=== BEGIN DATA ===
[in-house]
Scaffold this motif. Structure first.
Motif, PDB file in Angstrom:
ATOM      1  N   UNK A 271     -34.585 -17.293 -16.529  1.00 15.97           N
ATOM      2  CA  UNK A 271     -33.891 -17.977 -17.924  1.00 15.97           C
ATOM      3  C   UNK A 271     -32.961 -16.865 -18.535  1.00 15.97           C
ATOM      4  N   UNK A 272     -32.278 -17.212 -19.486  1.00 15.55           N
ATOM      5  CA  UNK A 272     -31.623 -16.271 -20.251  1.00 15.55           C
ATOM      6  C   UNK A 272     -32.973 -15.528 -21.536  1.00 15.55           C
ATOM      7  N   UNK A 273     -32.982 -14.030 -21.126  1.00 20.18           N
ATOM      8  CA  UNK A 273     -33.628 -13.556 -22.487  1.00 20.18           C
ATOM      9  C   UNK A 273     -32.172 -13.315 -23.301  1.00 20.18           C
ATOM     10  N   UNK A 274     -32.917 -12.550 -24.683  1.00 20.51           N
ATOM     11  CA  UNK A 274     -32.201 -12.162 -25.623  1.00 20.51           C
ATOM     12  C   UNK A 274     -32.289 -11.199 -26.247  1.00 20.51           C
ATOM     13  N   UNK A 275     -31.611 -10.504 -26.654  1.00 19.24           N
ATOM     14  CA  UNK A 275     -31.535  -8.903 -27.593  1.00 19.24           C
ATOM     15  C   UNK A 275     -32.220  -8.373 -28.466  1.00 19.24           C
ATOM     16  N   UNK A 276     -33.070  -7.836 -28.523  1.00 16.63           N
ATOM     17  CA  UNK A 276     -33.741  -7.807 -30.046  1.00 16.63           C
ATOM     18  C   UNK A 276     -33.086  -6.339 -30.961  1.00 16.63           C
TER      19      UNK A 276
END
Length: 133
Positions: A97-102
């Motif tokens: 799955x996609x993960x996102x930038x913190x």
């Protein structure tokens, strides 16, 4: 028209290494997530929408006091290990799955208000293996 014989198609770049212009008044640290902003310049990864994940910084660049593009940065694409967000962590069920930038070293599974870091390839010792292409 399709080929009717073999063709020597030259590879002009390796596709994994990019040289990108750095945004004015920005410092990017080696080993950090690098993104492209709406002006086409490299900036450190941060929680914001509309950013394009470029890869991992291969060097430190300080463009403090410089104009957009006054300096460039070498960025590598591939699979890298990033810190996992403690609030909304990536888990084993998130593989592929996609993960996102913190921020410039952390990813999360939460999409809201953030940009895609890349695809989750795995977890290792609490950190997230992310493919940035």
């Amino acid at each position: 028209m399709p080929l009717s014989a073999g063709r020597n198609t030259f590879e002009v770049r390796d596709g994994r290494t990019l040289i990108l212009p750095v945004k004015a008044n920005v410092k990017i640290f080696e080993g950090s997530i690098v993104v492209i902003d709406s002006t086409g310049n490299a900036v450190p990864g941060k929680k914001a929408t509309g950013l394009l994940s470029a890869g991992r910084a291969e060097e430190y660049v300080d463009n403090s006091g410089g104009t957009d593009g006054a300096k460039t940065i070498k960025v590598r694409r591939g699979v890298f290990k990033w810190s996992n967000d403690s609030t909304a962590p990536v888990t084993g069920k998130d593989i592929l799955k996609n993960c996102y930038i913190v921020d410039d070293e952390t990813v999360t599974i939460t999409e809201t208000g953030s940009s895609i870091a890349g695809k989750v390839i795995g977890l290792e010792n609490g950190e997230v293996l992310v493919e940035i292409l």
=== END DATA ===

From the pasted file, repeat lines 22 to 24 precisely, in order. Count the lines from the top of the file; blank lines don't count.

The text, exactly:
TER      19      UNK A 276
END
Length: 133